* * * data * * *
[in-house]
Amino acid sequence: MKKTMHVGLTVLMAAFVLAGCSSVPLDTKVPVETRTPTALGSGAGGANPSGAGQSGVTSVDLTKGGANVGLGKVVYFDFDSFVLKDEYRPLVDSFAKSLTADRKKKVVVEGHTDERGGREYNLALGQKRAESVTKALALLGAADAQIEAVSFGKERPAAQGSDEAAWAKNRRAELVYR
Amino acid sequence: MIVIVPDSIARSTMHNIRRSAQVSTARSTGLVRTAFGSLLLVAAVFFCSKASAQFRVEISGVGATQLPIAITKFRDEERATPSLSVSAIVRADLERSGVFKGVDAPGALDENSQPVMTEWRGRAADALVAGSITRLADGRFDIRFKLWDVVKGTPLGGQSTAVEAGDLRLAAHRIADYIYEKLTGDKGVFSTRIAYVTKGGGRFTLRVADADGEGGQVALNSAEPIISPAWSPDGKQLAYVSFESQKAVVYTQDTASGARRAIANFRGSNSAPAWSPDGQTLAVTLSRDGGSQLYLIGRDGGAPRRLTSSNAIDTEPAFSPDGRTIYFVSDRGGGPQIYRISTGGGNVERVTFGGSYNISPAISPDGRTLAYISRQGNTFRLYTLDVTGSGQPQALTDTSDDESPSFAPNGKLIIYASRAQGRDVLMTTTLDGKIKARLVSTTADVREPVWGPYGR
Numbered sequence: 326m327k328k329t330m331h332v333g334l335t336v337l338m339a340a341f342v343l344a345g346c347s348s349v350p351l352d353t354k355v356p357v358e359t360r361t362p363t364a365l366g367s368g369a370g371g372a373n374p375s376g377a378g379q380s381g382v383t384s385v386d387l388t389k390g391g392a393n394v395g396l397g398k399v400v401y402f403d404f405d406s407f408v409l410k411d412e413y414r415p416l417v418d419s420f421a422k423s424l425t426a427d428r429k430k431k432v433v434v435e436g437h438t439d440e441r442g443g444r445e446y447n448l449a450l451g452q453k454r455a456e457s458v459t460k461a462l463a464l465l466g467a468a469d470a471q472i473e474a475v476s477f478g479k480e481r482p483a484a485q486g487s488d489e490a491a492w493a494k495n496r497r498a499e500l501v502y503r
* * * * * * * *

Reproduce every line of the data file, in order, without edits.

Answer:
[in-house]
Amino acid sequence: MKKTMHVGLTVLMAAFVLAGCSSVPLDTKVPVETRTPTALGSGAGGANPSGAGQSGVTSVDLTKGGANVGLGKVVYFDFDSFVLKDEYRPLVDSFAKSLTADRKKKVVVEGHTDERGGREYNLALGQKRAESVTKALALLGAADAQIEAVSFGKERPAAQGSDEAAWAKNRRAELVYR
Amino acid sequence: MIVIVPDSIARSTMHNIRRSAQVSTARSTGLVRTAFGSLLLVAAVFFCSKASAQFRVEISGVGATQLPIAITKFRDEERATPSLSVSAIVRADLERSGVFKGVDAPGALDENSQPVMTEWRGRAADALVAGSITRLADGRFDIRFKLWDVVKGTPLGGQSTAVEAGDLRLAAHRIADYIYEKLTGDKGVFSTRIAYVTKGGGRFTLRVADADGEGGQVALNSAEPIISPAWSPDGKQLAYVSFESQKAVVYTQDTASGARRAIANFRGSNSAPAWSPDGQTLAVTLSRDGGSQLYLIGRDGGAPRRLTSSNAIDTEPAFSPDGRTIYFVSDRGGGPQIYRISTGGGNVERVTFGGSYNISPAISPDGRTLAYISRQGNTFRLYTLDVTGSGQPQALTDTSDDESPSFAPNGKLIIYASRAQGRDVLMTTTLDGKIKARLVSTTADVREPVWGPYGR
Numbered sequence: 326m327k328k329t330m331h332v333g334l335t336v337l338m339a340a341f342v343l344a345g346c347s348s349v350p351l352d353t354k355v356p357v358e359t360r361t362p363t364a365l366g367s368g369a370g371g372a373n374p375s376g377a378g379q380s381g382v383t384s385v386d387l388t389k390g391g392a393n394v395g396l397g398k399v400v401y402f403d404f405d406s407f408v409l410k411d412e413y414r415p416l417v418d419s420f421a422k423s424l425t426a427d428r429k430k431k432v433v434v435e436g437h438t439d440e441r442g443g444r445e446y447n448l449a450l451g452q453k454r455a456e457s458v459t460k461a462l463a464l465l466g467a468a469d470a471q472i473e474a475v476s477f478g479k480e481r482p483a484a485q486g487s488d489e490a491a492w493a494k495n496r497r498a499e500l501v502y503r